Moving toward a more digital workplace is ultimately about transforming the client experience. If we look at innovative companies such as Amazon and Netflix, they are all focused on delivering a great customer experience and have created solutions to needs that we didn't know existed. So, what can the legal industry learn from these innovative companies? It is crucial to draw insights from your data to get closer to your clients. It’s a well-known fact that much of the success of Netflix comes from their data-driven approach to content production. Is it such a strange idea for law firms to take a similar approach?
Transforming the client experience in legal is more than just adopting the latest technology and delivering new legal service delivery models. Designing a client-centric experience seems almost counter intuitive for an industry where the partnership model and billable hour have served so well. As law firms begin to embrace a culture of change, the challenge is to first identify exactly what the underlying client experience should be and secondly, to define which business processes need to change to meet it.
Beyond the obvious improvements for clients, by embracing these challenges and offering digital workplaces, the firm creates a much better experience for lawyers and business users as well.
Digital workplaces as an indicator of innovation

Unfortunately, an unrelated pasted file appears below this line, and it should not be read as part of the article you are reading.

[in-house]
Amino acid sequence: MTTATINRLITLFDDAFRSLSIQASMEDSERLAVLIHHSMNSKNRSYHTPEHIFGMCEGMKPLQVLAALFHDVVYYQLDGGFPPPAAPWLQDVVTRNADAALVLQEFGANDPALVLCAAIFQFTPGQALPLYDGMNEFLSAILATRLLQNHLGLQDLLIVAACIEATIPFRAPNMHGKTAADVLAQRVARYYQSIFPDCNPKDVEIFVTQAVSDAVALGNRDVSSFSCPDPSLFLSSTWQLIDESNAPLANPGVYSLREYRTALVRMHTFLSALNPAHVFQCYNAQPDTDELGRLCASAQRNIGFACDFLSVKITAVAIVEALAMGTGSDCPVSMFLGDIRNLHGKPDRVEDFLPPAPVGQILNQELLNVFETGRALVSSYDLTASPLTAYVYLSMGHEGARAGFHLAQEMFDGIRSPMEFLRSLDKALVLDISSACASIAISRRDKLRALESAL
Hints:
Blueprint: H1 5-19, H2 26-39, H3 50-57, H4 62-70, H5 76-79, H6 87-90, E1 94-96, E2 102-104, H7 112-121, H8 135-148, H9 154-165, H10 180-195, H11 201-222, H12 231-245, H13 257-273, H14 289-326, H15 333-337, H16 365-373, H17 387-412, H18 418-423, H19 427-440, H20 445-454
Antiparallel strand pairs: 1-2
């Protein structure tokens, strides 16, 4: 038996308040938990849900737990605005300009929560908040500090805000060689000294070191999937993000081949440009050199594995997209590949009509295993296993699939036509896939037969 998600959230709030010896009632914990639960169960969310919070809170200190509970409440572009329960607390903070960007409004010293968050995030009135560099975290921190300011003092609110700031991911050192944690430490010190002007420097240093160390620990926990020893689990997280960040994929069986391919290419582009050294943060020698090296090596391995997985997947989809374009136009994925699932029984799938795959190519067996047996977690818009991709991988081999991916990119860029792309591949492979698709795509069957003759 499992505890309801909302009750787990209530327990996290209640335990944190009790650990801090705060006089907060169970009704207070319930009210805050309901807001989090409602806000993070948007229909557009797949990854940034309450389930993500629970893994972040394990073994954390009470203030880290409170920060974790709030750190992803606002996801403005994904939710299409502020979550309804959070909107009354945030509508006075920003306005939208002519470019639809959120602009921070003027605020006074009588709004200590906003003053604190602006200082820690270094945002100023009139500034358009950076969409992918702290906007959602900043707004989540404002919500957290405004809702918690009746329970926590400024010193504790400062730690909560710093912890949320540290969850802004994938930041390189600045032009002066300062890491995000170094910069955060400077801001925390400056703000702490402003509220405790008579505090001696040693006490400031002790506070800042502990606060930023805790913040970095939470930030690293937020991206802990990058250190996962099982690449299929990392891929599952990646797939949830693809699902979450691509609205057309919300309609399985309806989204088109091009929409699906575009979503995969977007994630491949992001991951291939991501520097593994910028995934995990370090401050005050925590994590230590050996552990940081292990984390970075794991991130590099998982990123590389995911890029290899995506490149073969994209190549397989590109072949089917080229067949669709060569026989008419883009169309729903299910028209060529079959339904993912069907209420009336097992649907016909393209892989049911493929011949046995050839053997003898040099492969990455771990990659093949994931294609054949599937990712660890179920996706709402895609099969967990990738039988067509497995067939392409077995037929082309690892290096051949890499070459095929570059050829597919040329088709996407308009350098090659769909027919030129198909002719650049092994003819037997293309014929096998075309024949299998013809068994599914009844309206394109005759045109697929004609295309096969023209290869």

Too often we see a contradiction between what the law firm is trying to achieve culturally and the technology that they have available to them. Browse to any number of law firm websites and you will find the words innovation and collaboration listed as either core values or differentiators. And yet, it is still common working practice for lawyers to work in closed offices within information silos, and at the same time, they still have to log in through a VPN before they can access the information they need on the go.
Clients are increasingly looking for meaningful differentiators between their panel firms. These days they may need to look beyond the legal pitch for evidence of true innovation and collaboration. Perhaps it’s no longer enough to ask the question, “How are you using technology to deliver my needs more efficiently?” Most firms have access to the same technology and tools, for example, Microsoft, artificial intelligence, HighQ. Perhaps the more revealing question is, “How are you using technology in your day-to-day work within the firm?” The answer to this question will help indicate whether or not the firm has really embraced digital transformation and digital workplaces to drive innovation. Law firms that only use technology to improve client-facing interactions are missing out on the opportunity to work more intelligently within their own business.
In today’s competitive legal landscape, law firms have to be closer to their clients than ever, understanding their business more deeply and delivering solutions to problems that clients may not even know they have yet. At the same time, clients are expecting firms to be using data, artificial intelligence and other technologies to predict outcomes, reduce costs, improve transparency and ultimately add value. The digital workplace will be one solution a law firm can provide to meet these needs. As client demands and expectations for more digital workplaces grow, law firms can’t afford to disappoint.